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1 MOA at 100 Meters

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Post Options Post Options   Thanks (0) Thanks(0)     Back to Top Direct Link To This Post Posted: January/02/2006 at 20:53
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Here's an MOA question. If 1 MOA equals 1 inch or 1.047197580733" to be precise at
a 100 yard distance what would it be at a 100 meter distance? As all the ranges up
here in Canada are in meters.
Post Options Post Options   Thanks (0) Thanks(0)     Back to Top Direct Link To This Post Posted: January/03/2006 at 08:07
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~26 or 27 mm
Post Options Post Options   Thanks (0) Thanks(0)     Back to Top Direct Link To This Post Posted: January/03/2006 at 08:57
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I see, so at 100 meters it's even closer to 1" than 100 yards it's 1.02362" instead of
1.047197580733" nice to know that there's not a real differance it's only about a 1/4" truer
at a 1000 meters.
Post Options Post Options   Thanks (0) Thanks(0)     Back to Top Direct Link To This Post Posted: January/03/2006 at 09:30
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One inch equals 25.4mm

100 meters 110 yards or 110 % so I added 10% and rounded down, just a hair.  Reason most people tend to over estimate range. As you noted the culmative error is not much. I like things to be a hair under than over for most things.  27.5mm would be a text book answer which most people would then make 28mm. I just applied some error correction early.

Post Options Post Options   Thanks (0) Thanks(0)     Back to Top Direct Link To This Post Posted: January/03/2006 at 11:12
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Post Options Post Options   Thanks (0) Thanks(0)     Back to Top Direct Link To This Post Posted: January/06/2006 at 04:45
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Minute Of Angle:

 

Tangente minute  100m  = 0,02908m = 29,1mm

 

Tangent ( 1° / 60  *  100y ) = 0.02908y = 1.04688 inch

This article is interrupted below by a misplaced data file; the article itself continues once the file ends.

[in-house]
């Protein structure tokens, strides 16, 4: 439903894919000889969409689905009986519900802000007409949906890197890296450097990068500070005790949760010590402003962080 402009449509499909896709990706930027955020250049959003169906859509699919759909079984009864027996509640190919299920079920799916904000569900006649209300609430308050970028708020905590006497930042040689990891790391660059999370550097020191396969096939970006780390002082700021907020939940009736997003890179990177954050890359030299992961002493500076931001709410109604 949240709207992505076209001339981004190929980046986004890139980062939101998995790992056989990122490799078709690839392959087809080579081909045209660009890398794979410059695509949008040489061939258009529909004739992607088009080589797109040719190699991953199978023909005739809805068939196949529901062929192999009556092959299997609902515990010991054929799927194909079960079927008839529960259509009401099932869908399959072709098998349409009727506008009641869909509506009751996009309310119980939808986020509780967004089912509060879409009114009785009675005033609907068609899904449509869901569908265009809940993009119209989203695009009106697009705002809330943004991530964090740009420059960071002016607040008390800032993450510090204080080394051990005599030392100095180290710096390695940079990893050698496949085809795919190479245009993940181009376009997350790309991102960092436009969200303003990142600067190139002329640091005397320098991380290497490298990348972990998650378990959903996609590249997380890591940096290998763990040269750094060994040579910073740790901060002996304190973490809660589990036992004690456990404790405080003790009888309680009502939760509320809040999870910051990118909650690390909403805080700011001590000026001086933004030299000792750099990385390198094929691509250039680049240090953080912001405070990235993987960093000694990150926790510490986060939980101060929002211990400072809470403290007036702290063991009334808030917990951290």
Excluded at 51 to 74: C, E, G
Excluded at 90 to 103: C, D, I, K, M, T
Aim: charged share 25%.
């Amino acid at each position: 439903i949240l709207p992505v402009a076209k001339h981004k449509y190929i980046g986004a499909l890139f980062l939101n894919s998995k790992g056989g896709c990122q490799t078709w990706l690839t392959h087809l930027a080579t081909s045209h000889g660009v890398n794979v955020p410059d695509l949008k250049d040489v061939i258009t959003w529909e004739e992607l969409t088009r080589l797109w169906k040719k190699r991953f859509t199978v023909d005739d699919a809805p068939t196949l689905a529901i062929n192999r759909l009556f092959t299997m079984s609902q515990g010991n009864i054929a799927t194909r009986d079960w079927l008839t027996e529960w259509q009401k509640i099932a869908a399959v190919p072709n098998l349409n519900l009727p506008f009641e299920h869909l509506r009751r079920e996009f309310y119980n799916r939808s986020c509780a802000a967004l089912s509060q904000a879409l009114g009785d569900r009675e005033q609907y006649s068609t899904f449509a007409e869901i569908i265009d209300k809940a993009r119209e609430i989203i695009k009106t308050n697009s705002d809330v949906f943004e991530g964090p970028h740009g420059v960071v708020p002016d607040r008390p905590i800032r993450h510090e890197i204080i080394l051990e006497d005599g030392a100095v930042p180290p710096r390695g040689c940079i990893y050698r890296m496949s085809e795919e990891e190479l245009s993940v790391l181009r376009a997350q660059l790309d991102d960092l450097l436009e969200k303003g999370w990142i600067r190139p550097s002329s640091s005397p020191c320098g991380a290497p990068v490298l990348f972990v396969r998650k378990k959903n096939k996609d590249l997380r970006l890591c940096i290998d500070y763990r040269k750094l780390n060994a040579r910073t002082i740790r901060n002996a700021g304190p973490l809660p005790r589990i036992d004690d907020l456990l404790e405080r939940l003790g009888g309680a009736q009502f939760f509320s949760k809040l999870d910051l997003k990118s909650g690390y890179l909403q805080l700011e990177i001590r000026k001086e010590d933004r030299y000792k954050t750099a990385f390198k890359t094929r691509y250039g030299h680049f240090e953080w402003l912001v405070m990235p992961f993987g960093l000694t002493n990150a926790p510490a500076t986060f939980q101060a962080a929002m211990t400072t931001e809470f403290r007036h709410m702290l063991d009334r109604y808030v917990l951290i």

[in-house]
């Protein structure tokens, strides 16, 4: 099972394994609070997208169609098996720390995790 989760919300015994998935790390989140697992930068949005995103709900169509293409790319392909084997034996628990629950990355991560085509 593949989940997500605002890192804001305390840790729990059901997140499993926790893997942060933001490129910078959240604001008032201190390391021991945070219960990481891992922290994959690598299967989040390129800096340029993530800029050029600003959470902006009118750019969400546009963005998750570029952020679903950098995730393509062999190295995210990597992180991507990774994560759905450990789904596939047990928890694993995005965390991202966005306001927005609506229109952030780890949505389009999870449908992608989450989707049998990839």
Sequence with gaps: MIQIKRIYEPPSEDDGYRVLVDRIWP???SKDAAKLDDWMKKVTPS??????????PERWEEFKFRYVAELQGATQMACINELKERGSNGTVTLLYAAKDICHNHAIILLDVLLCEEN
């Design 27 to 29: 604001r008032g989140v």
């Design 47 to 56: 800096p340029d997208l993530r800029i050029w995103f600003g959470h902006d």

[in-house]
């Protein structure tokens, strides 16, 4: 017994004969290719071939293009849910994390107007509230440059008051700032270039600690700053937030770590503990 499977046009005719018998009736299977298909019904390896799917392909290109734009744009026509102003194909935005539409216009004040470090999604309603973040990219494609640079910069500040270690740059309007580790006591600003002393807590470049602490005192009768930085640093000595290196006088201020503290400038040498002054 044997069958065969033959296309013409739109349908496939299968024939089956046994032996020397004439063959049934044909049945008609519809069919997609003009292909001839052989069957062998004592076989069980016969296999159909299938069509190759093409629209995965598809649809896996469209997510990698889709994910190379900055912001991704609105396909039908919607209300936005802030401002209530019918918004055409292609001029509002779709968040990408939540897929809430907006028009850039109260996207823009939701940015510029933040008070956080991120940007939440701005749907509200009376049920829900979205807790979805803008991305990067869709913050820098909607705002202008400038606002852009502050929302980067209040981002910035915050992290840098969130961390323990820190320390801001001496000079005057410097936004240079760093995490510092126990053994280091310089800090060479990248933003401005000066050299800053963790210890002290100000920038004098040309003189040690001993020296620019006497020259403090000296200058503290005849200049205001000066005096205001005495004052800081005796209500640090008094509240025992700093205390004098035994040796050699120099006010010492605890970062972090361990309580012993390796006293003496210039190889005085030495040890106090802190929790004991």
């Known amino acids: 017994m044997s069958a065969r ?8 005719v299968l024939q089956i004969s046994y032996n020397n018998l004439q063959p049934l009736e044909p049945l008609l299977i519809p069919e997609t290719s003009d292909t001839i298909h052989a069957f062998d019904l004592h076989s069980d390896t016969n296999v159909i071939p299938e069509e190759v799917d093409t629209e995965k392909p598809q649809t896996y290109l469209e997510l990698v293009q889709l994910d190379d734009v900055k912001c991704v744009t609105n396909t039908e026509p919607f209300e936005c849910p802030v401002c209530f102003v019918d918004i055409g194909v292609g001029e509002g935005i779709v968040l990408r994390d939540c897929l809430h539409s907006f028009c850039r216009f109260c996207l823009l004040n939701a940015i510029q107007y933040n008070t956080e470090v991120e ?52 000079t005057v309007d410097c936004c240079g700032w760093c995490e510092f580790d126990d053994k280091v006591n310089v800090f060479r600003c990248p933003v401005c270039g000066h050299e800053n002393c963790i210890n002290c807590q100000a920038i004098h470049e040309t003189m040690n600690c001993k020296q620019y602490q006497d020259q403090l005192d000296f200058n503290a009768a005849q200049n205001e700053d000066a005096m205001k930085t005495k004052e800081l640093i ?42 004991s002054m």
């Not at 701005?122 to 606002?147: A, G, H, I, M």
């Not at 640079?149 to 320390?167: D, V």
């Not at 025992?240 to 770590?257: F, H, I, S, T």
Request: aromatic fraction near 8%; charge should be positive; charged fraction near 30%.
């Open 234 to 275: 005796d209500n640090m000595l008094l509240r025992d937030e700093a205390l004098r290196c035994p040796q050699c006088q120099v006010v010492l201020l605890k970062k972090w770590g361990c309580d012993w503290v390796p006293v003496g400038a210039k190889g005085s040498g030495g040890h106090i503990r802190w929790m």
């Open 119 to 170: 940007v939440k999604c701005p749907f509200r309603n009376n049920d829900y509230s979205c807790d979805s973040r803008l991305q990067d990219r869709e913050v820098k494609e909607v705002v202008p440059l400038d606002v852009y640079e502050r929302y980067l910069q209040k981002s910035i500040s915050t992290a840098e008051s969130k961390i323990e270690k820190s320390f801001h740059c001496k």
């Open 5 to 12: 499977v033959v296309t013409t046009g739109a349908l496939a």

Post Options Post Options   Thanks (0) Thanks(0)     Back to Top Direct Link To This Post Posted: August/08/2008 at 09:43
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Actually 100 Meters is 109 Yards.
Post Options Post Options   Thanks (0) Thanks(0)     Back to Top Direct Link To This Post Posted: March/25/2011 at 09:58
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Originally posted by smity25ca smity25ca wrote:

I see, so at 100 meters it's even closer to 1" than 100 yards it's 1.02362" instead of
1.047197580733" nice to know that there's not a real differance it's only about a 1/4" truer
at a 1000 meters.



No, its even larger as it is 1.047 at 100 yards and 100 meters is 109 yards, therefore it is 1.141 inches.


Post Options Post Options   Thanks (0) Thanks(0)     Back to Top Direct Link To This Post Posted: March/25/2011 at 11:13
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 Moa are a group of flightless birds with no vestiges of wing bones.
 
Oops, wrong moa.
 

In metric units1 MOA at 100 meters = 2.908 centimeters. (1.144inches)



Edited by 8shots - March/25/2011 at 11:16
Post Options Post Options   Thanks (0) Thanks(0)     Back to Top Direct Link To This Post Posted: March/25/2011 at 12:07
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X = 180 Y = 90 (X+Pyro)+(Y-Pyro) = ?

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Originally posted by sun-sense sun-sense wrote:

Originally posted by smity25ca smity25ca wrote:

I see, so at 100 meters it's even closer to 1" than 100 yards it's 1.02362" instead of
1.047197580733" nice to know that there's not a real differance it's only about a 1/4" truer
at a 1000 meters.



No, its even larger as it is 1.047 at 100 yards and 100 meters is 109 yards, therefore it is 1.141 inches.


This is correct.
Post Options Post Options   Thanks (0) Thanks(0)     Back to Top Direct Link To This Post Posted: March/25/2011 at 13:20
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100 meters * (100 centimeters/meters)*(1 inch/(2.54 centimeter))*Tangent (1/60 degree)
=1.14523 inch
 
 
dsr
Post Options Post Options   Thanks (0) Thanks(0)     Back to Top Direct Link To This Post Posted: March/25/2011 at 13:41
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KISS.

1\60 = 1.666666666667e-02 of which the tangent = 2.908882168703e-04

109 (yards) x 36 (inches) = 3,924 inches.

2.908882168703e-04 x 3,924 = 1.141


An easier way if you already believe/know that 1 MOA = 1.047 inches at 100 yard.

1.047/100  then multiply by 109 = 1.141




Edited by koshkin - March/25/2011 at 14:45
Post Options Post Options   Thanks (0) Thanks(0)     Back to Top Direct Link To This Post Posted: March/25/2011 at 13:46
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Oop's.  Sorry.

Delete that first line.  I realized it wasn't right a split second after I submitted it.

For some reason I can't edit. 

I think it really depends on how many decimal places you are using to do the calculations.